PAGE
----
It’s a top-of-mind question for many: “How can my business take advantage of the myriad of digital marketing and advertising opportunities available today?”
There are numerous advantages to using video in presentations, regardless of who you are or what you’re talking about. Here are some things to consider:
Video commands attention
If you’re doing Powerpoint-type presentations, moving pictures are usually better than static ones. Embedding video into your slides will have more impact. Why? A recent Forrester study concluded that if a picture is worth 1,000 words, a one-minute video is worth 1.8 million words. Using video at the start of, and throughout, a presentation is often the perfect way to grab and keep the audience’s attention and to ensure everyone is invested in what you’re saying.
Video can be used in presentations to introduce each main topic or talking point, to showcase case studies or to illustrate examples of the topic at hand. It provides an opportunity to use dynamic storytelling in a way that couldn’t be done in a speech, or by showing a graphic or text on a static screen. Video is also great for generating conversation, and upping the interactivity level.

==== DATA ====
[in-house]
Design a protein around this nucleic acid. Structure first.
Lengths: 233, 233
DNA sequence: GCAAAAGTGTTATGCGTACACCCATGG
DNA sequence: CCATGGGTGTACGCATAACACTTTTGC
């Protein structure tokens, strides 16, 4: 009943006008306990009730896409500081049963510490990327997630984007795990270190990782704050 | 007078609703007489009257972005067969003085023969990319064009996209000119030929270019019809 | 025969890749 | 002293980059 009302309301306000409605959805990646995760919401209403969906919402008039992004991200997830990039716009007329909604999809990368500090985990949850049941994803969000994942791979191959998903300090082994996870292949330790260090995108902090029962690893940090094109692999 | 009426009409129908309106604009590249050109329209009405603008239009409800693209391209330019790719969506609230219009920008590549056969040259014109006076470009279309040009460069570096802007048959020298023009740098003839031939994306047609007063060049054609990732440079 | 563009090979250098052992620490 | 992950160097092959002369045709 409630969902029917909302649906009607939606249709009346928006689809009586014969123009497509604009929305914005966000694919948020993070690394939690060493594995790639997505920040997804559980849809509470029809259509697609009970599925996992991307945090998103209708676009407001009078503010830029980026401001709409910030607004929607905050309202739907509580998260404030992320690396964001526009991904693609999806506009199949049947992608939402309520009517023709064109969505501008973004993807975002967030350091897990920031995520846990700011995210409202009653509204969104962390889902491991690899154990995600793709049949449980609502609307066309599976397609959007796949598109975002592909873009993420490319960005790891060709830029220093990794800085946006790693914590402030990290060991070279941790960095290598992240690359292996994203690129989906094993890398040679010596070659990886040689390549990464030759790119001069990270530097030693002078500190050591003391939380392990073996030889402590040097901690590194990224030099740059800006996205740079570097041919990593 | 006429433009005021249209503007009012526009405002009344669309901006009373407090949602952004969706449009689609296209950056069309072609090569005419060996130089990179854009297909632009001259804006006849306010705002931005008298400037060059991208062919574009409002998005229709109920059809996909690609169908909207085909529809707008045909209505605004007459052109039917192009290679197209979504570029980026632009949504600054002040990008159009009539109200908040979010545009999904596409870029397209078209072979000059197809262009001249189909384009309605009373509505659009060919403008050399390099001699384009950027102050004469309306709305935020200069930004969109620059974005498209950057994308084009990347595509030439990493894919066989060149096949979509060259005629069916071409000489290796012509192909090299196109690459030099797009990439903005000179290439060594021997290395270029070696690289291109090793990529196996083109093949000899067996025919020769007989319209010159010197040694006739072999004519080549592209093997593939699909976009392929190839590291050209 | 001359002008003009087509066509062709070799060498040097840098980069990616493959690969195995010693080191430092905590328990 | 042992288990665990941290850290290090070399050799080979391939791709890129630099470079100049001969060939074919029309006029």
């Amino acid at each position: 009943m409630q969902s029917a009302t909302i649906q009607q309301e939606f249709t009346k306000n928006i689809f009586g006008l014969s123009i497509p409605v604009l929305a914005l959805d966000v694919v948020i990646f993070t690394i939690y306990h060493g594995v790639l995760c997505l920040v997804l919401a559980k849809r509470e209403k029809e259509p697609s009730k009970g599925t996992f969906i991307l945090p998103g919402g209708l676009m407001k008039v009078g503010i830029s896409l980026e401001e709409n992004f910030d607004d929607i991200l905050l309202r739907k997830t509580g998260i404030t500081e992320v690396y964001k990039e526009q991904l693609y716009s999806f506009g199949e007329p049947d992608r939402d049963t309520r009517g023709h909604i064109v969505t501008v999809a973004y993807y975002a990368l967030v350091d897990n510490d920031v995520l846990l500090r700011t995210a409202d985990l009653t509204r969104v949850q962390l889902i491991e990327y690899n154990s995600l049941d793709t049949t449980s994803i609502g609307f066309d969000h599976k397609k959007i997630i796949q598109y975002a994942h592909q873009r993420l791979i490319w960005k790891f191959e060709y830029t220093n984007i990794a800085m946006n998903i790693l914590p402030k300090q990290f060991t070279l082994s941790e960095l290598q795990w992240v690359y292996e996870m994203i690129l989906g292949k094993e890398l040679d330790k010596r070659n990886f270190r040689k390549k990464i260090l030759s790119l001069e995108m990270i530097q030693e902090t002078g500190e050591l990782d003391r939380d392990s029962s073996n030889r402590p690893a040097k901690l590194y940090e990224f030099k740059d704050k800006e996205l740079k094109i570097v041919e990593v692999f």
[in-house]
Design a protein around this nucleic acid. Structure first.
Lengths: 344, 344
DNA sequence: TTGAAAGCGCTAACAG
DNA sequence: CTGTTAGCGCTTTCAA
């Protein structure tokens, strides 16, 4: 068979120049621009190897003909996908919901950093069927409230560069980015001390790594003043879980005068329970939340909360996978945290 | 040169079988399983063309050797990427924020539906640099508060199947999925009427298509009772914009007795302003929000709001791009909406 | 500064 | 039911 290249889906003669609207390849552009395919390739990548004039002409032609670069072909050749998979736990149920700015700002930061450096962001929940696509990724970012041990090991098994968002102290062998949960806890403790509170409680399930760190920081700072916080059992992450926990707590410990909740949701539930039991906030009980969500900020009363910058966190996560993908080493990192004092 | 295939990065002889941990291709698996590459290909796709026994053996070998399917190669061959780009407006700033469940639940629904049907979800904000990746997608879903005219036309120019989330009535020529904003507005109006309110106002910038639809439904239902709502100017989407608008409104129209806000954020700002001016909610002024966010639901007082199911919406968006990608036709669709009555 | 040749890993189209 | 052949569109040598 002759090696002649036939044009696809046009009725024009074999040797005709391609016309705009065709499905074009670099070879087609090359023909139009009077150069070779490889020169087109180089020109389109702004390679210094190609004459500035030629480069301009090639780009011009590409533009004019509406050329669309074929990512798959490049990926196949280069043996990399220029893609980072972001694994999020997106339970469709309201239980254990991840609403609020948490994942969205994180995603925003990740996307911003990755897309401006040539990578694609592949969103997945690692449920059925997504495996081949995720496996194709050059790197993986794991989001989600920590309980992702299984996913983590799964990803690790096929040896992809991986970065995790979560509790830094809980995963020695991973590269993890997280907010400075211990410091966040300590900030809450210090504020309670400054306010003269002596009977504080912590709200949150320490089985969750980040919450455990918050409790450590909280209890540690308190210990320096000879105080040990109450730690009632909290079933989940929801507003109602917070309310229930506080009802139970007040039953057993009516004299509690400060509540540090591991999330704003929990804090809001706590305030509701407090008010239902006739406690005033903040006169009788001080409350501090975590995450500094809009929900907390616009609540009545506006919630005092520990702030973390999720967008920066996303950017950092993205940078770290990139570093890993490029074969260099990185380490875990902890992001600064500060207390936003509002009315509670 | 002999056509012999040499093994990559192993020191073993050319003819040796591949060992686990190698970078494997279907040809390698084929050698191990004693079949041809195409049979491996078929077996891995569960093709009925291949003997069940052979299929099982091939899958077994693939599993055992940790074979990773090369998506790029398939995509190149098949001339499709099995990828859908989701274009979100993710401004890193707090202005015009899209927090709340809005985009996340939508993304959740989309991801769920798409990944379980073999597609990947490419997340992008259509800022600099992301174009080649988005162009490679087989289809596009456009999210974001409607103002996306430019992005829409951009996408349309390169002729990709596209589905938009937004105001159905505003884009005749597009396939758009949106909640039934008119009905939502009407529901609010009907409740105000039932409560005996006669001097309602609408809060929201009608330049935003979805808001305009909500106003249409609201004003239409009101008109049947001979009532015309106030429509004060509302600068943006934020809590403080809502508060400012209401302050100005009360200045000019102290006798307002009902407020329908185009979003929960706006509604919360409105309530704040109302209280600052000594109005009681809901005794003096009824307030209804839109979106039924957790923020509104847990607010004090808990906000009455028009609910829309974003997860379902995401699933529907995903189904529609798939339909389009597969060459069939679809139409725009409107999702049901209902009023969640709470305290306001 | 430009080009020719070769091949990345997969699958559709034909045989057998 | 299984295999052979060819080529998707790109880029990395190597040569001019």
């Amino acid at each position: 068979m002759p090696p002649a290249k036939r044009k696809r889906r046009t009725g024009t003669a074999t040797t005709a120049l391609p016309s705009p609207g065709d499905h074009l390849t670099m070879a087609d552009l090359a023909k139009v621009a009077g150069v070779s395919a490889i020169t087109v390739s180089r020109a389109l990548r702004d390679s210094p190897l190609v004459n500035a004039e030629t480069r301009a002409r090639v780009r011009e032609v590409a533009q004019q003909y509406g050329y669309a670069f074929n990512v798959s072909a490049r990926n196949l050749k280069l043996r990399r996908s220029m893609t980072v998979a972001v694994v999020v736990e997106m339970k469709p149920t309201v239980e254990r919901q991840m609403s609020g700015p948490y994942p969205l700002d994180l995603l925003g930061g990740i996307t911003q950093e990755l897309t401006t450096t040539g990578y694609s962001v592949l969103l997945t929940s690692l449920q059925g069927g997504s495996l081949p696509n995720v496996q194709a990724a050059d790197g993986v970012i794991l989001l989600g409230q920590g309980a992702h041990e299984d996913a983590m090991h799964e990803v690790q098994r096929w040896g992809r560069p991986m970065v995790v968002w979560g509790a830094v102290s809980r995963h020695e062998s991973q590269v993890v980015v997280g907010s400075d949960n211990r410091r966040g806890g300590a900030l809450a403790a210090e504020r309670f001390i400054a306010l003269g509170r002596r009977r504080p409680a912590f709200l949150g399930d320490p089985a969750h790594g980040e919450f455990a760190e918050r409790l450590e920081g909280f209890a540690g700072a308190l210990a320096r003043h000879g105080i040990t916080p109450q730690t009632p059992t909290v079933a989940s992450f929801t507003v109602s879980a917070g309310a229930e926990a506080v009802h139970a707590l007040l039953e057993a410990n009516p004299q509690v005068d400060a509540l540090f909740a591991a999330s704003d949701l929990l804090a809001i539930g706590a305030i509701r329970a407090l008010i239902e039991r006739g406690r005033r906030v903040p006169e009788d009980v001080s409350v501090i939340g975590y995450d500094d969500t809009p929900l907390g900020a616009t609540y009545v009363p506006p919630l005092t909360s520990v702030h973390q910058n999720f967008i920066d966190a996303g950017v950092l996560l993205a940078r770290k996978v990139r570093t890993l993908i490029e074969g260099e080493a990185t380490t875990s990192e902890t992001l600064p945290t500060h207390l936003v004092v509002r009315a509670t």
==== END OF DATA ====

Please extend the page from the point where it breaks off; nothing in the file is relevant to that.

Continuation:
It doesn’t always have to be about you
One approach to try falls under the term “brand journalism,” which describes telling stories your audience is interested in, but not necessarily directly about your business. For example, you could interview experts for a video series about relevant or related topics. This gives your audience has an opportunity to hear from others about the subject at hand, which further supports your key messages.
Some quick tips to keep in mind:
Make it relevant
Don’t just use video for the sake of using video. Make sure it’s part of your overall messaging and supports the story and flow of your presentation.
Make sure you plan and strategize the messaging you want each video to contain, and that you then brainstorm a number of ideas on how to best creatively tell that story. Injecting some humour or other form of emotional pull also works well.
Quality is key
If you are presenting as a professional in your field, the quality of the videos should reflect that position. Lack of quality affects credibility.
Keep it flowing
Even if your presentation is an hour or more in length, it’s better to break up the videos you use into shorter, more easily digestible segments, rather than running one or two super long clips. This helps keep the audience engaged and looking forward to what’s next.
Regardless of the story you’re telling or selling, video can help support and reinforce a presentation, ensuring it resonates with your audience. Pressing play just might be the pivotal element that takes your talks to fab from drab.
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